4. Some combination of the above coupled with the fact that nobody was using it. If nobody is using a library, then that means I need to do a thorough audit before bringing it in as a dependency.
  5. The crate addressed XDG but nothing else.

So on those grounds they basically all failed the sniff test before I was willing to spend more time with them. So in that sense, I don't know if any were a good start. You'll need to do your own review. :-)

If you do take this on, beware the can of worms. Here are some relevant links:

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commented Feb 4, 2018

I suggest --no-config or something similar.

Definitely. This will be in the initial support for persistent config.

@wsdjeg

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commented Feb 4, 2018

If you want to add support for .rgrc, please consider the configuration file in HOME directory or the root of a project.

I mean if I have a .rgrc which path is ~/src/Foo/.rgrc, and then if I run rg command from the subdirectories, such as ~/src/Foo/src/utils/.

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commented Feb 4, 2018

@wsdjeg Please see comments above. I think we're going to punt on everything for now except for setting the config file path via an env var.

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commented Feb 4, 2018

oh, sorry, use evn var seems better. 👍

BurntSushi added a commit that referenced this issue Feb 4, 2018

config: add persistent configuration
This commit adds support for reading configuration files that change
ripgrep's default behavior. The format of the configuration file is an
"rc" style and is very simple. It is defined by two rules:

  1. Every line is a shell argument, after trimming ASCII whitespace.
  2. Lines starting with '#' (optionally preceded by any amount of
     ASCII whitespace) are ignored.

ripgrep will look for a single configuration file if and only if the
RIPGREP_CONFIG_PATH environment variable is set and is non-empty.
ripgrep will parse shell arguments from this file on startup and will
behave as if the arguments in this file were prepended to any explicit
arguments given to ripgrep on the command line.

For example, if your ripgreprc file contained a single line:

    --smart-case

then the following command

    RIPGREP_CONFIG_PATH=wherever/.ripgreprc rg foo

would behave identically to the following command

    rg --smart-case foo

This commit also adds a new flag, --no-config, that when present will
suppress any and all support for configuration. This includes any future
support for auto-loading configuration files from pre-determined paths
(which this commit does not add).

Conflicts between configuration files and explicit arguments are handled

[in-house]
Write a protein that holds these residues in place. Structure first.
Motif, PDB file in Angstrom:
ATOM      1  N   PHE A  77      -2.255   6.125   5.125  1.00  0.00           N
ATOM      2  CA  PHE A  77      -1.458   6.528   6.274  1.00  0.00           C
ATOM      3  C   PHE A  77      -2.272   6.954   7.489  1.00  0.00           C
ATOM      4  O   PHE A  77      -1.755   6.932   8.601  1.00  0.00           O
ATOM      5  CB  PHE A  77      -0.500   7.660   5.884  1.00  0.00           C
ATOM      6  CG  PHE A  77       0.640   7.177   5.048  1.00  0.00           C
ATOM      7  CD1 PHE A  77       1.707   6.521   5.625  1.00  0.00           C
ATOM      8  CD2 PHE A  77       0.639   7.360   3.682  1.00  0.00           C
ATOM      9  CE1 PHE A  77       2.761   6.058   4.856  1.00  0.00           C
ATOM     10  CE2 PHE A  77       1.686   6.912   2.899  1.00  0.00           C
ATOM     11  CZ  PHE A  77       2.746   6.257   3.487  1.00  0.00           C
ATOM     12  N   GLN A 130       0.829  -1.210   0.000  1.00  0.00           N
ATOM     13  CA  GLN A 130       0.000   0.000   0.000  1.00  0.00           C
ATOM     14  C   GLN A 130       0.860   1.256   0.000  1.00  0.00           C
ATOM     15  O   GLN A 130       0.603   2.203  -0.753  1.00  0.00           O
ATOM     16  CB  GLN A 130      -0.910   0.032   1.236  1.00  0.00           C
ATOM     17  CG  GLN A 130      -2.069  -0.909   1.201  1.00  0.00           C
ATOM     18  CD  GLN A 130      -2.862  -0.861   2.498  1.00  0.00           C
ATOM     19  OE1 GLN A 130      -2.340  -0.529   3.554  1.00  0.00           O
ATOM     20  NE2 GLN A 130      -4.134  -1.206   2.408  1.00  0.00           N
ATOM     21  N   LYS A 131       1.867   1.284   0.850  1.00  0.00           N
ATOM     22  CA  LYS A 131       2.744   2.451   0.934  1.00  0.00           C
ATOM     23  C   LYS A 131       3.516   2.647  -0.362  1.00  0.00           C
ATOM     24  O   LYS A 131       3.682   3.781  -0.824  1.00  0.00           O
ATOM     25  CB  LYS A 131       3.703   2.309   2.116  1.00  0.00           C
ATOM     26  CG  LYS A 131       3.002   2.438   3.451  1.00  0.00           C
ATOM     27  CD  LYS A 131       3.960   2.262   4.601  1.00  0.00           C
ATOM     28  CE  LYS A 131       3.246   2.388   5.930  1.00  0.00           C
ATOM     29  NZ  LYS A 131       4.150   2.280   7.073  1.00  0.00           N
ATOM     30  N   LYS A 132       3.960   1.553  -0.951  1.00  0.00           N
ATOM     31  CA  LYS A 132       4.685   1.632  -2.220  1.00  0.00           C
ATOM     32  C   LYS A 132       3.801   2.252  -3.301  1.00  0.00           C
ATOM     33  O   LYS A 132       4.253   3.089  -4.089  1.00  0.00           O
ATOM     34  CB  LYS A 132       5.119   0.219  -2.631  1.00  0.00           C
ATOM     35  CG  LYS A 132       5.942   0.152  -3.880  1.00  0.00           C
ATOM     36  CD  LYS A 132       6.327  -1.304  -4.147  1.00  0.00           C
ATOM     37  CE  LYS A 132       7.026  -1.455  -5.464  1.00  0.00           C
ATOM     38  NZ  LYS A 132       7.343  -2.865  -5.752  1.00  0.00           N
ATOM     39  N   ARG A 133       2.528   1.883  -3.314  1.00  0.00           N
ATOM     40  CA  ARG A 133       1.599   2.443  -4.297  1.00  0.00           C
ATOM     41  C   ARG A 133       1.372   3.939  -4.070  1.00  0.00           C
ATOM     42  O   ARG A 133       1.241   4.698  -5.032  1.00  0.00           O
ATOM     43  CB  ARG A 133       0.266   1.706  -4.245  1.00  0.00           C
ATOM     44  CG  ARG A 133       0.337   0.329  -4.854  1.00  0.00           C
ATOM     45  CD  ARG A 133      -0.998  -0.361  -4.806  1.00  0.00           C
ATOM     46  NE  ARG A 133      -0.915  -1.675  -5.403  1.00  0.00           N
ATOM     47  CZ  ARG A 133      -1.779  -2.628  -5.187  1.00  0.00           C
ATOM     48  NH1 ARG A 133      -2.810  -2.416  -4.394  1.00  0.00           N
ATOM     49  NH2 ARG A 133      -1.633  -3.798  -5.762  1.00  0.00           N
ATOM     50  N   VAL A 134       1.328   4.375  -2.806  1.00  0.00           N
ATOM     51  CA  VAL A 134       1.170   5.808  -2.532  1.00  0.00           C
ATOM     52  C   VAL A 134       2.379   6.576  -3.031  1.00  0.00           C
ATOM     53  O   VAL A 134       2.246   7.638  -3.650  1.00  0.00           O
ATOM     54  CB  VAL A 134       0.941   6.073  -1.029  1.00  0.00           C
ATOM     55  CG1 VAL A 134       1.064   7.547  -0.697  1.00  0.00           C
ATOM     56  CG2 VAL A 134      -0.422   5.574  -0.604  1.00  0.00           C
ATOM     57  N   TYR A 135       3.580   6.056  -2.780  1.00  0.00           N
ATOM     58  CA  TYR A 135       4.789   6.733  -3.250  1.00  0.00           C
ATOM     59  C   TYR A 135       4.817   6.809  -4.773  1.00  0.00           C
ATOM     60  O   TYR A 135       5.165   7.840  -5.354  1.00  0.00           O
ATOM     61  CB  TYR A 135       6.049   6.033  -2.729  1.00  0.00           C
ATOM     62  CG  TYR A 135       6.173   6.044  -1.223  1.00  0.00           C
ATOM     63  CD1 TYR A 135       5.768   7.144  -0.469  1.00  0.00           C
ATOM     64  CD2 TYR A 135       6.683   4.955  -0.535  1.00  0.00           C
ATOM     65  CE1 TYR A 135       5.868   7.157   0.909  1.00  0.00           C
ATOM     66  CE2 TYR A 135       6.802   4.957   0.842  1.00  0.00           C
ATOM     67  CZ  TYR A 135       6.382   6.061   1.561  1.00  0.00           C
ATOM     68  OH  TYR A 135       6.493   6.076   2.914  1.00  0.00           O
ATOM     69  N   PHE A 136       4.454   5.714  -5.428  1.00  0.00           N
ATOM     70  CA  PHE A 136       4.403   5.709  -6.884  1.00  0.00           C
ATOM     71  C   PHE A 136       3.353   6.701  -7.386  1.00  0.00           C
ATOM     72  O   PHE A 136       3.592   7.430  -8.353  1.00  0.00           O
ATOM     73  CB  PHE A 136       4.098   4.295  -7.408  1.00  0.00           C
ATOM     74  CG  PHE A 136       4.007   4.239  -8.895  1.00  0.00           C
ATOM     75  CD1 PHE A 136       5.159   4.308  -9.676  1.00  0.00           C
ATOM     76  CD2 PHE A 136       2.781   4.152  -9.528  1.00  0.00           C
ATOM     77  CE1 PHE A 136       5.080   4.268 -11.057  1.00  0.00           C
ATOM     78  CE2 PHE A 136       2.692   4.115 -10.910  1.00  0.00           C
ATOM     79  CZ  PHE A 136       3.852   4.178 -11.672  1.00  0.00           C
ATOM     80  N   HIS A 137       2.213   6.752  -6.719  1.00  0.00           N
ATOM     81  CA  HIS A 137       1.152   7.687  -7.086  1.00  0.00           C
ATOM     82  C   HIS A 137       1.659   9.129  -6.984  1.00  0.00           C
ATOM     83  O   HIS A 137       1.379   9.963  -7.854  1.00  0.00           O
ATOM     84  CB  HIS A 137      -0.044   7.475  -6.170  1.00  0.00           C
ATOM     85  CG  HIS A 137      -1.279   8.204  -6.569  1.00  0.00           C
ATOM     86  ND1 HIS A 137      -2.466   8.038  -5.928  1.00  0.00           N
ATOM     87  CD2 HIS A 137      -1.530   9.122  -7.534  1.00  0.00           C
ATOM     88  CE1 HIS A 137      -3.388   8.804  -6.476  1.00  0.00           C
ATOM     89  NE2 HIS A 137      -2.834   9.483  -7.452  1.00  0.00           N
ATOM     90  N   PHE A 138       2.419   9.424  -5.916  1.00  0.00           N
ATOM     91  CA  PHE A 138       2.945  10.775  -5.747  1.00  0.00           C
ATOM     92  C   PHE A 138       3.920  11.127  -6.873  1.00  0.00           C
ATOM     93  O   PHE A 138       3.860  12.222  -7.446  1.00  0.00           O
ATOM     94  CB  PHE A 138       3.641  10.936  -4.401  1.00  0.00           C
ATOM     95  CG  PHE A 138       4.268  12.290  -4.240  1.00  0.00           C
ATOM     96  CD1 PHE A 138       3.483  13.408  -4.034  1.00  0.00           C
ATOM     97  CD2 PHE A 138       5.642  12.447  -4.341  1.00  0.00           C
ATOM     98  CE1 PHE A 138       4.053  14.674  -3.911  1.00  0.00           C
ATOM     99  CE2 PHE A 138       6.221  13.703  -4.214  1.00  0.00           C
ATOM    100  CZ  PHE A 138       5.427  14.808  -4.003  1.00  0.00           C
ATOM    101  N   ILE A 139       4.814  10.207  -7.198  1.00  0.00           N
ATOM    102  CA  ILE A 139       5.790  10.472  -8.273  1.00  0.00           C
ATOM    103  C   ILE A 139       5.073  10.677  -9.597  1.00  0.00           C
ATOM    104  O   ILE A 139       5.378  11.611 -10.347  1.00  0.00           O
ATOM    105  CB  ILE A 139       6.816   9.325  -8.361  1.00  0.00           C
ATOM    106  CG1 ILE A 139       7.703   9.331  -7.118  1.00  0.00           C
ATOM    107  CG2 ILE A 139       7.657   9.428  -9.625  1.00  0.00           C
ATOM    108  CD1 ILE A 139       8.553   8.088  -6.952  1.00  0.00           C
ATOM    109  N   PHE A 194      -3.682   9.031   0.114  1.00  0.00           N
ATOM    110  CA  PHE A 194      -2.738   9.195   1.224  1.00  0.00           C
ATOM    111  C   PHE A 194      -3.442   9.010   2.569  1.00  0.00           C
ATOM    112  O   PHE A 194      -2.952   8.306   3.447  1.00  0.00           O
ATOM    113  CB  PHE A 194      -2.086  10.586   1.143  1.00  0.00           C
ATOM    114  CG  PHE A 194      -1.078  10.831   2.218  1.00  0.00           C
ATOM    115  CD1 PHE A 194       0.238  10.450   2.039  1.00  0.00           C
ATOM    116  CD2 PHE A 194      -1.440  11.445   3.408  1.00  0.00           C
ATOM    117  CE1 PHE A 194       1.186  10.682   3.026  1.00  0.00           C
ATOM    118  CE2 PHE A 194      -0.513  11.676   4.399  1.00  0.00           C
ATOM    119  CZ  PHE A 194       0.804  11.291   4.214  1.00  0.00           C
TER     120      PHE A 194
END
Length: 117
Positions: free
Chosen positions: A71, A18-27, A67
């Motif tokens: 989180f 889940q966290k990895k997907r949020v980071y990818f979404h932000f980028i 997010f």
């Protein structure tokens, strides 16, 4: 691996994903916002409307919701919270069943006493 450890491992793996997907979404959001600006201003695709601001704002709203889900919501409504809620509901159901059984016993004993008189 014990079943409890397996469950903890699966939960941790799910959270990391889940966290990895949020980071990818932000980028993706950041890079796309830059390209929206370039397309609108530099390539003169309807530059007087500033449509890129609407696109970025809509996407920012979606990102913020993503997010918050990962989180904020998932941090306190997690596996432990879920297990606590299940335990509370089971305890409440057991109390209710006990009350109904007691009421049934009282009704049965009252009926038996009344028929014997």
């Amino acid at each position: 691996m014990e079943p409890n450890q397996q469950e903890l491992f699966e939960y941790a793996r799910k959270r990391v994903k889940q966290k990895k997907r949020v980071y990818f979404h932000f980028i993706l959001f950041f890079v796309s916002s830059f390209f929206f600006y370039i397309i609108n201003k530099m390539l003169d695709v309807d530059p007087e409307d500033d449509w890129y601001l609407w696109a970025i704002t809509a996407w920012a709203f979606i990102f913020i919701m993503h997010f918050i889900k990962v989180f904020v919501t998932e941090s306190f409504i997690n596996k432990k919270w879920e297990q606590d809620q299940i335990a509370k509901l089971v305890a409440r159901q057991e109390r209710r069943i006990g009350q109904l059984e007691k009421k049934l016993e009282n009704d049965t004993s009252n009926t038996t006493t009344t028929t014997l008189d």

exactly like conflicts in the same command line invocation. That is,
this command:

    RIPGREP_CONFIG_PATH=wherever/.ripgreprc rg foo --case-sensitive

is exactly equivalent to

    rg --smart-case foo --case-sensitive

in which case, the --case-sensitive flag would override the --smart-case
flag.

Closes #196

BurntSushi added a commit that referenced this issue Feb 4, 2018

config: add persistent configuration
This commit adds support for reading configuration files that change
ripgrep's default behavior. The format of the configuration file is an
"rc" style and is very simple. It is defined by two rules:

  1. Every line is a shell argument, after trimming ASCII whitespace.
  2. Lines starting with '#' (optionally preceded by any amount of
     ASCII whitespace) are ignored.

ripgrep will look for a single configuration file if and only if the
RIPGREP_CONFIG_PATH environment variable is set and is non-empty.
ripgrep will parse shell arguments from this file on startup and will
behave as if the arguments in this file were prepended to any explicit
arguments given to ripgrep on the command line.

For example, if your ripgreprc file contained a single line:

    --smart-case

then the following command

    RIPGREP_CONFIG_PATH=wherever/.ripgreprc rg foo

would behave identically to the following command

    rg --smart-case foo

This commit also adds a new flag, --no-config, that when present will
suppress any and all support for configuration. This includes any future
support for auto-loading configuration files from pre-determined paths
(which this commit does not add).

Conflicts between configuration files and explicit arguments are handled
exactly like conflicts in the same command line invocation. That is,
this command:

    RIPGREP_CONFIG_PATH=wherever/.ripgreprc rg foo --case-sensitive

is exactly equivalent to

    rg --smart-case foo --case-sensitive

in which case, the --case-sensitive flag would override the --smart-case
flag.

Closes #196
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commented Feb 4, 2018

PR submitted: #772

@BurntSushi BurntSushi closed this in c57d0fb Feb 4, 2018